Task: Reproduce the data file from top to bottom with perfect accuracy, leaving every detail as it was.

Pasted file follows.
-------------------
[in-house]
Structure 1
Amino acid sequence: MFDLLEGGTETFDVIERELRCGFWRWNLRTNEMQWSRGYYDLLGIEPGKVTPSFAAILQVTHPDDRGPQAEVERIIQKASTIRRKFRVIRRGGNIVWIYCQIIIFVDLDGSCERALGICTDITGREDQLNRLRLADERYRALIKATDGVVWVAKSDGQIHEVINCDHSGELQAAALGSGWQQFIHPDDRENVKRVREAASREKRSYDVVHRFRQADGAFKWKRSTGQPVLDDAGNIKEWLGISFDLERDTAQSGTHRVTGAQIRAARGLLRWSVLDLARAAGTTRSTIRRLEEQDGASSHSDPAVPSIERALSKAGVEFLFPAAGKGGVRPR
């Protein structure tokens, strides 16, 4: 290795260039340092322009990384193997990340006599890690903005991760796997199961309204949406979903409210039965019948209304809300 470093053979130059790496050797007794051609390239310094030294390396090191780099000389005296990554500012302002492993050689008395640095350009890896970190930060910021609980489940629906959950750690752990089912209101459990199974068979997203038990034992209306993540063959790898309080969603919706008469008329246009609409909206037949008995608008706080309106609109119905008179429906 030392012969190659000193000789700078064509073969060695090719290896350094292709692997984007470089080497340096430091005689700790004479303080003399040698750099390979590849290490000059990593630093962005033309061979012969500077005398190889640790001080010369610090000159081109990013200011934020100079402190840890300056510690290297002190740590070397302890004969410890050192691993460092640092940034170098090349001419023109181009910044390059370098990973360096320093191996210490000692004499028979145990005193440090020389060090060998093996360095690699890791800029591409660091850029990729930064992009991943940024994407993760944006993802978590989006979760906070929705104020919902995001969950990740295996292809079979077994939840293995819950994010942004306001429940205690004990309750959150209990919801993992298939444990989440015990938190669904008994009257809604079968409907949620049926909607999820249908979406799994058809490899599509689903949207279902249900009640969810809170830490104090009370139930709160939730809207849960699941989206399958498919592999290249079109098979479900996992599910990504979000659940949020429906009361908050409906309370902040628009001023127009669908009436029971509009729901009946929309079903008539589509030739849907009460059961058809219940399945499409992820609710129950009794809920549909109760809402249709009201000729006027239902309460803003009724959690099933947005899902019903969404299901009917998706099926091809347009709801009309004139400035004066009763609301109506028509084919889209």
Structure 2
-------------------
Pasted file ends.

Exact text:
[in-house]
Structure 1
Amino acid sequence: MFDLLEGGTETFDVIERELRCGFWRWNLRTNEMQWSRGYYDLLGIEPGKVTPSFAAILQVTHPDDRGPQAEVERIIQKASTIRRKFRVIRRGGNIVWIYCQIIIFVDLDGSCERALGICTDITGREDQLNRLRLADERYRALIKATDGVVWVAKSDGQIHEVINCDHSGELQAAALGSGWQQFIHPDDRENVKRVREAASREKRSYDVVHRFRQADGAFKWKRSTGQPVLDDAGNIKEWLGISFDLERDTAQSGTHRVTGAQIRAARGLLRWSVLDLARAAGTTRSTIRRLEEQDGASSHSDPAVPSIERALSKAGVEFLFPAAGKGGVRPR
């Protein structure tokens, strides 16, 4: 290795260039340092322009990384193997990340006599890690903005991760796997199961309204949406979903409210039965019948209304809300 470093053979130059790496050797007794051609390239310094030294390396090191780099000389005296990554500012302002492993050689008395640095350009890896970190930060910021609980489940629906959950750690752990089912209101459990199974068979997203038990034992209306993540063959790898309080969603919706008469008329246009609409909206037949008995608008706080309106609109119905008179429906 030392012969190659000193000789700078064509073969060695090719290896350094292709692997984007470089080497340096430091005689700790004479303080003399040698750099390979590849290490000059990593630093962005033309061979012969500077005398190889640790001080010369610090000159081109990013200011934020100079402190840890300056510690290297002190740590070397302890004969410890050192691993460092640092940034170098090349001419023109181009910044390059370098990973360096320093191996210490000692004499028979145990005193440090020389060090060998093996360095690699890791800029591409660091850029990729930064992009991943940024994407993760944006993802978590989006979760906070929705104020919902995001969950990740295996292809079979077994939840293995819950994010942004306001429940205690004990309750959150209990919801993992298939444990989440015990938190669904008994009257809604079968409907949620049926909607999820249908979406799994058809490899599509689903949207279902249900009640969810809170830490104090009370139930709160939730809207849960699941989206399958498919592999290249079109098979479900996992599910990504979000659940949020429906009361908050409906309370902040628009001023127009669908009436029971509009729901009946929309079903008539589509030739849907009460059961058809219940399945499409992820609710129950009794809920549909109760809402249709009201000729006027239902309460803003009724959690099933947005899902019903969404299901009917998706099926091809347009709801009309004139400035004066009763609301109506028509084919889209």
Structure 2